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Obama bypasses Senate by appointing Medicare chief

President Barack Obama, gestures during his meeting with Israeli Prime Minister Benjamin, Tuesday, July 6, 2010, in the Oval Office of the White House in Washington. (AP Photo/Pablo Martinez Monsivais)
President Barack Obama, gestures during his meeting with Israeli Prime Minister Benjamin, Tuesday, July 6, 2010, in the Oval Office of the White House in Washington. (AP Photo/Pablo Martinez Monsivais) (Pablo Martinez Monsivais - AP)
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By William Branigin and N.C. Aizenman
Washington Post Staff Writers
Wednesday, July 7, 2010; 5:56 PM

President Obama on Wednesday appointed health-care expert Donald M. Berwick to administer the Centers for Medicare and Medicaid Services, bypassing the Senate confirmation process over strong objections from Republicans who oppose the choice.

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Obama used a recess appointment to name Berwick, a 63-year-old pediatrician, Harvard University professor and head of a nonprofit health-care institute, to the post that oversees the $800 billion-a-year program that provides health care to the nation's elderly, poor and disabled. He was nominated in April, but no confirmation hearing was scheduled. The appointment during a congressional recess allows him to serve through 2011 without Senate confirmation.

Obama also used recess appointments Wednesday to install Philip E. Coyle III as associate director for national security and international affairs at the White House Office of Science and Technology Policy and Joshua Gotbaum as director of the Pension Benefit Guaranty Corp.

In a White House statement announcing the moves, Obama accused Senate Republicans of stalling dozens of his appointments for political ends.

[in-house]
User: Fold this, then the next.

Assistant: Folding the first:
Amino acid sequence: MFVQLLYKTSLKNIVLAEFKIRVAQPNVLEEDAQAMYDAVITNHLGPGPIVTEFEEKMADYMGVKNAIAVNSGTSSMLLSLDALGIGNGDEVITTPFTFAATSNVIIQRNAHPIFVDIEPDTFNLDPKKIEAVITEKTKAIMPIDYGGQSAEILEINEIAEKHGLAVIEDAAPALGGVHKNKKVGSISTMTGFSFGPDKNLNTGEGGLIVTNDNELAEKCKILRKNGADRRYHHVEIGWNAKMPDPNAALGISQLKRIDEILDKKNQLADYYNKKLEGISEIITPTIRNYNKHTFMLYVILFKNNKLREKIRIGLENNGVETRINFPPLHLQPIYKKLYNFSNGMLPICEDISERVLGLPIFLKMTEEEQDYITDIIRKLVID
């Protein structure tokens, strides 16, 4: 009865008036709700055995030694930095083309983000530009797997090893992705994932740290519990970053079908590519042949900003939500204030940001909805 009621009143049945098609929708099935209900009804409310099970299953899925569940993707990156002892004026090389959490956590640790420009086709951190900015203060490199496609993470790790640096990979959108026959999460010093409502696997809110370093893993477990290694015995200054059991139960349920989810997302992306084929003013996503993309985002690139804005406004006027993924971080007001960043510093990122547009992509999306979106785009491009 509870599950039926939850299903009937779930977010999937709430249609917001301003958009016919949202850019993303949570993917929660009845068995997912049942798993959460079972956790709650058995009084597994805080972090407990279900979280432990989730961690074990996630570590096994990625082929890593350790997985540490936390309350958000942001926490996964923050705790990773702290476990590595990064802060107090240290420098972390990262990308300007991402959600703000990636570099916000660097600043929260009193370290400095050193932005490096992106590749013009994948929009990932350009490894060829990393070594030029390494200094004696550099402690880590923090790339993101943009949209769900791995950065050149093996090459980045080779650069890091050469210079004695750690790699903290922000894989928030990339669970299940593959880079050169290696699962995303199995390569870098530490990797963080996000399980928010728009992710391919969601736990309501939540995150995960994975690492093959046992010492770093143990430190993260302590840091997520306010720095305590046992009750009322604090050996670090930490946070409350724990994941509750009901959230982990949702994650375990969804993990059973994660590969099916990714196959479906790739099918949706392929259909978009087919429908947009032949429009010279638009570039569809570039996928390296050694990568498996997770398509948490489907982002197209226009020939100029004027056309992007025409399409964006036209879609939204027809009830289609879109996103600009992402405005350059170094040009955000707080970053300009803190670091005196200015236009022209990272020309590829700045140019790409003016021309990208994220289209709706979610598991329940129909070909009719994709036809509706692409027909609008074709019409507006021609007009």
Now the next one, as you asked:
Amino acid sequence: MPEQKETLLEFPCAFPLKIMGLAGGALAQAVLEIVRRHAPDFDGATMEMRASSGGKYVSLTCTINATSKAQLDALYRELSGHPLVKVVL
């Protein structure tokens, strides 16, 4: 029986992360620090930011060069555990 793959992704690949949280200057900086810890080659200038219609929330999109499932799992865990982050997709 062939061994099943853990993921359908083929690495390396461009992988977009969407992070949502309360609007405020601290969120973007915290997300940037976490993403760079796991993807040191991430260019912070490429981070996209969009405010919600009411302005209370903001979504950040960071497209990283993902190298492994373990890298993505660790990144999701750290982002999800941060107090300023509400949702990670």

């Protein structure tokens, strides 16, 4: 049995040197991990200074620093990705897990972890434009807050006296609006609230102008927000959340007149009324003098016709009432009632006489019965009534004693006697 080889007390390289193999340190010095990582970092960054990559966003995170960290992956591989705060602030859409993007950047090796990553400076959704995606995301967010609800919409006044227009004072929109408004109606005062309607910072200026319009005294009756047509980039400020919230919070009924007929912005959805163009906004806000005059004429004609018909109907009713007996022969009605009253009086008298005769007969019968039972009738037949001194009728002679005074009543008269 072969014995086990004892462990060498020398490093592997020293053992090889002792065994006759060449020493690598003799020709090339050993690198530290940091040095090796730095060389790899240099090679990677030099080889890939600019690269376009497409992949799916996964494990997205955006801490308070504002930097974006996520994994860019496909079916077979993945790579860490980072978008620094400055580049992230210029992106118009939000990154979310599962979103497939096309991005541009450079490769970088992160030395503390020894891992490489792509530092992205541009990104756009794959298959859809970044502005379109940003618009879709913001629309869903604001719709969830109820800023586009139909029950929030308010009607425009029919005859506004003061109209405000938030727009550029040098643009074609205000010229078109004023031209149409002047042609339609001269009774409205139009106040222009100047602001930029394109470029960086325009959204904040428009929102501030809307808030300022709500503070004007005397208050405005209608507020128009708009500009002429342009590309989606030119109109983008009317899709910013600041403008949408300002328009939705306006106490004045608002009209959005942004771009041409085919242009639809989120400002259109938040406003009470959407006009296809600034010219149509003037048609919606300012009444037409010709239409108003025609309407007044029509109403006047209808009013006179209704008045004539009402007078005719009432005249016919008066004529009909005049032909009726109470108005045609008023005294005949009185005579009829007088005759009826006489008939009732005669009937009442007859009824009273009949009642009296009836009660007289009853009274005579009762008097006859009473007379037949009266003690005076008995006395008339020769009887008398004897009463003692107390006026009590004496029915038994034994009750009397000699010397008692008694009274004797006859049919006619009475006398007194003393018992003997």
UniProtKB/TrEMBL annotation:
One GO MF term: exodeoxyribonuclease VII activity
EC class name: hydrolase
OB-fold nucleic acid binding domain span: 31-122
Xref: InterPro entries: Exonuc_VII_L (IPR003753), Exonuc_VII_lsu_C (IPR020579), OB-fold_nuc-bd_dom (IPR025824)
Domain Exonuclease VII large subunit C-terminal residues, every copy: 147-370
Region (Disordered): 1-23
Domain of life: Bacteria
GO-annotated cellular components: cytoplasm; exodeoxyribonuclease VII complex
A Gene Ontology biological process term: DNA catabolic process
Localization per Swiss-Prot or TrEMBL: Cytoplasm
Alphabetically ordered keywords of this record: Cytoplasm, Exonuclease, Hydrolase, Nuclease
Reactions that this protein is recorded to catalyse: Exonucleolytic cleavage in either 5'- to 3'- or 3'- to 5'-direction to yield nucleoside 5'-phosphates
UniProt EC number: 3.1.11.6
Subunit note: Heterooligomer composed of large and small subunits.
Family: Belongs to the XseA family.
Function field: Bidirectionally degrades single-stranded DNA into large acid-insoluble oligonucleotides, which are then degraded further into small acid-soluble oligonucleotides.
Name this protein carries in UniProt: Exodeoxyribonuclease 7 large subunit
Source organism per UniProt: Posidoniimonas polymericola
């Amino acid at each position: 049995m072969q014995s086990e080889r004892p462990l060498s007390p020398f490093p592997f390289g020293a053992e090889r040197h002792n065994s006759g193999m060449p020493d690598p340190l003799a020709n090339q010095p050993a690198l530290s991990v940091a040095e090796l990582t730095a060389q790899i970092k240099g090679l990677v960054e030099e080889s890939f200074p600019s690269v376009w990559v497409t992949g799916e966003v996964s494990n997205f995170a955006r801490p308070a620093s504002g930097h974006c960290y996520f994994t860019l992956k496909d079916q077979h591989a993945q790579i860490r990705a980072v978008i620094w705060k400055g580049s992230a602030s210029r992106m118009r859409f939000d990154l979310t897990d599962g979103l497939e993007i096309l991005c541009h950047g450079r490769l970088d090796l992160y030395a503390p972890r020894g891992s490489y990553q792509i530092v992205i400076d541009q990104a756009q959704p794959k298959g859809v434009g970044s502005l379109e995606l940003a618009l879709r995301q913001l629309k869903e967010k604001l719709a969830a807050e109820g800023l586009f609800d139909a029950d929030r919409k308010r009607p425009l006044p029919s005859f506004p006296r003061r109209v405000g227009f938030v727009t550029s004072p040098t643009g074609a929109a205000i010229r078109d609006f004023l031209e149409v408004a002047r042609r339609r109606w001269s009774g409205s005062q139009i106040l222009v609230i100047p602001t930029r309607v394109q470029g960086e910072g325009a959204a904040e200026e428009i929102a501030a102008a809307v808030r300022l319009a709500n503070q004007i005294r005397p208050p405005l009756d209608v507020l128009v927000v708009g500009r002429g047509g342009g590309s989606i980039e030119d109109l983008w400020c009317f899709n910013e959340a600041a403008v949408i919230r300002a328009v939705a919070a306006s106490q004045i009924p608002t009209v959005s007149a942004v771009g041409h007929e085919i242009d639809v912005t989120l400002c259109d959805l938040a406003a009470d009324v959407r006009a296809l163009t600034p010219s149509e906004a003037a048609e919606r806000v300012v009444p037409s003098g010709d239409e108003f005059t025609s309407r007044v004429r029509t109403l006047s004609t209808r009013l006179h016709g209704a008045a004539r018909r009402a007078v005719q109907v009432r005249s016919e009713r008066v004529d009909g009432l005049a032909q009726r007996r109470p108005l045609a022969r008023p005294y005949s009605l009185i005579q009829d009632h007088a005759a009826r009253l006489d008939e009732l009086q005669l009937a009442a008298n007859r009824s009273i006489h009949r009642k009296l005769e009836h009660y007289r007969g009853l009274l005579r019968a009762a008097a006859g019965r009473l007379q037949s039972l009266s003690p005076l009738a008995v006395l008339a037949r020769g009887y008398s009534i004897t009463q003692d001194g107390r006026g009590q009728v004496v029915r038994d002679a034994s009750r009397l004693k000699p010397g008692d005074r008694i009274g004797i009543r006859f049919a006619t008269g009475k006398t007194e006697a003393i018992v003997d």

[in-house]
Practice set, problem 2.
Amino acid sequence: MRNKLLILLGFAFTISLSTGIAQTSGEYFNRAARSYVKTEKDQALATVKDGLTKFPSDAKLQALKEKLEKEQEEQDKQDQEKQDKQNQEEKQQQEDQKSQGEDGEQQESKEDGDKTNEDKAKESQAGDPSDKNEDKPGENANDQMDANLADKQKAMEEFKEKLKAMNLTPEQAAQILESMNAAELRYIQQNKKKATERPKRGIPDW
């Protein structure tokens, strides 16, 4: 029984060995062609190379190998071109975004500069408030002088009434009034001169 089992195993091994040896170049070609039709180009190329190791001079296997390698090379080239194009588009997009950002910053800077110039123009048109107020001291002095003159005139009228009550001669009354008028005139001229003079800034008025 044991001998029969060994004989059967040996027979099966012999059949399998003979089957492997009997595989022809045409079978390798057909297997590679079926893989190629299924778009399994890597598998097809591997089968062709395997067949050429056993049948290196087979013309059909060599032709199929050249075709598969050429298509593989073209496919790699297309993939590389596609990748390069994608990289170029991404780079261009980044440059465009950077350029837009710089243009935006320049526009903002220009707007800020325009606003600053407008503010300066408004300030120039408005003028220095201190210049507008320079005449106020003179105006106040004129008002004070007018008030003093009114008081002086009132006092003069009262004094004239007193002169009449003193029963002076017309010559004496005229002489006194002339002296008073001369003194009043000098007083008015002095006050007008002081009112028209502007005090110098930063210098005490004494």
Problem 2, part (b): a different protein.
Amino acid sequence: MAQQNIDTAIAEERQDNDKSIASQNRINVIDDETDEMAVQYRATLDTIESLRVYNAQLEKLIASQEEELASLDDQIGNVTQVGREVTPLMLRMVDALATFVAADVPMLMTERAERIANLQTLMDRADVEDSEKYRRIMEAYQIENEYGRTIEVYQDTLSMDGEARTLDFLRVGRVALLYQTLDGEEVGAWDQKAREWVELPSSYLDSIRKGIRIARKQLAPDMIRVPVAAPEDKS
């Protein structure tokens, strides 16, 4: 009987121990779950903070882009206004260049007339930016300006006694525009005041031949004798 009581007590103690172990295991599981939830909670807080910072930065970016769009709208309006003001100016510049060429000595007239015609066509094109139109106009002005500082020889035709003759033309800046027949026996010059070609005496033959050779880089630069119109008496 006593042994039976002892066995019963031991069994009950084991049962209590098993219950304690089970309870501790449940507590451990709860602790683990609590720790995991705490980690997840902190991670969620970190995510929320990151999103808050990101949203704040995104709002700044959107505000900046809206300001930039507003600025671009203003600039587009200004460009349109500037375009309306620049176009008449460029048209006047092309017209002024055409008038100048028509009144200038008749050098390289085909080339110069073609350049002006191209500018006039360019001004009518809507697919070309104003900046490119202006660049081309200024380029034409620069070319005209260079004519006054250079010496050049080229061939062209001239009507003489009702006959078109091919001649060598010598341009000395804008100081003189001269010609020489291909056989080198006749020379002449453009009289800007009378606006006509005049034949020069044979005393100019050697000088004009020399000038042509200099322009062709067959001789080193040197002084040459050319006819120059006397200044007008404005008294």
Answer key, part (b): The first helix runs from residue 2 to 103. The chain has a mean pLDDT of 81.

"It's unfortunate that at a time when our nation is facing enormous challenges, many in Congress have decided to delay critical nominations for political purposes," Obama said. "These recess appointments will allow three extremely qualified candidates to get to work on behalf of the American people right away. With more than 180 nominees still pending before the Senate, it's my hope that my colleagues in Congress will agree to put politics aside and move forward on these vitally important positions."

But Republicans blasted the appointments, particularly that of Berwick, who they say supports lowering health-care costs by rationing services.

GOP leaders also denied that they had blocked Berwick's Senate confirmation hearing. Rather, the proceedings were reportedly held up by Democrats because they wanted to avoid a confirmation fight that would allow Republicans to raise Obama's health-care legislation as an issue again in the months leading up to the November midterm elections.

Sen. John Barrasso (R-Wyo.) called the recess appointment "an insult to the American people" and described Berwick as "a self-professed supporter of rationing health care." He charged that Obama "has made a mockery of his pledge to be accountable and transparent."

Berwick has praised Britain's National Health Service, and he told an interviewer last year: "The decision is not whether or not we will ration care -- the decision is whether we will ration with our eyes open. And right now, we are doing it blindly." He has also said that "any health-care funding plan that is just, equitable, civilized and humane must -- must -- redistribute wealth from the richer among us to the poorest and less fortunate.''

Such comments have made Berwick a target of Republicans who charge that he will implement a plan to cut about $400 billion out of Medicare over 10 years by denying needed care based on cost.

But supporters say rationing is already being carried out by insurance companies and that Berwick is well qualified to run Medicare and Medicaid, which have not had an administrator since 2006. Berwick has been lauded by many in his field as a visionary for investigating ways to improve patient care, then persuading hundreds of doctors and hospitals to adopt his recommendations.

As co-founder of the Institute for Healthcare Improvement, a Boston-area consulting and research group, Berwick has promoted the use of such uncontroversial procedures as checklists to substantially reduce hospital infection rates and errors.


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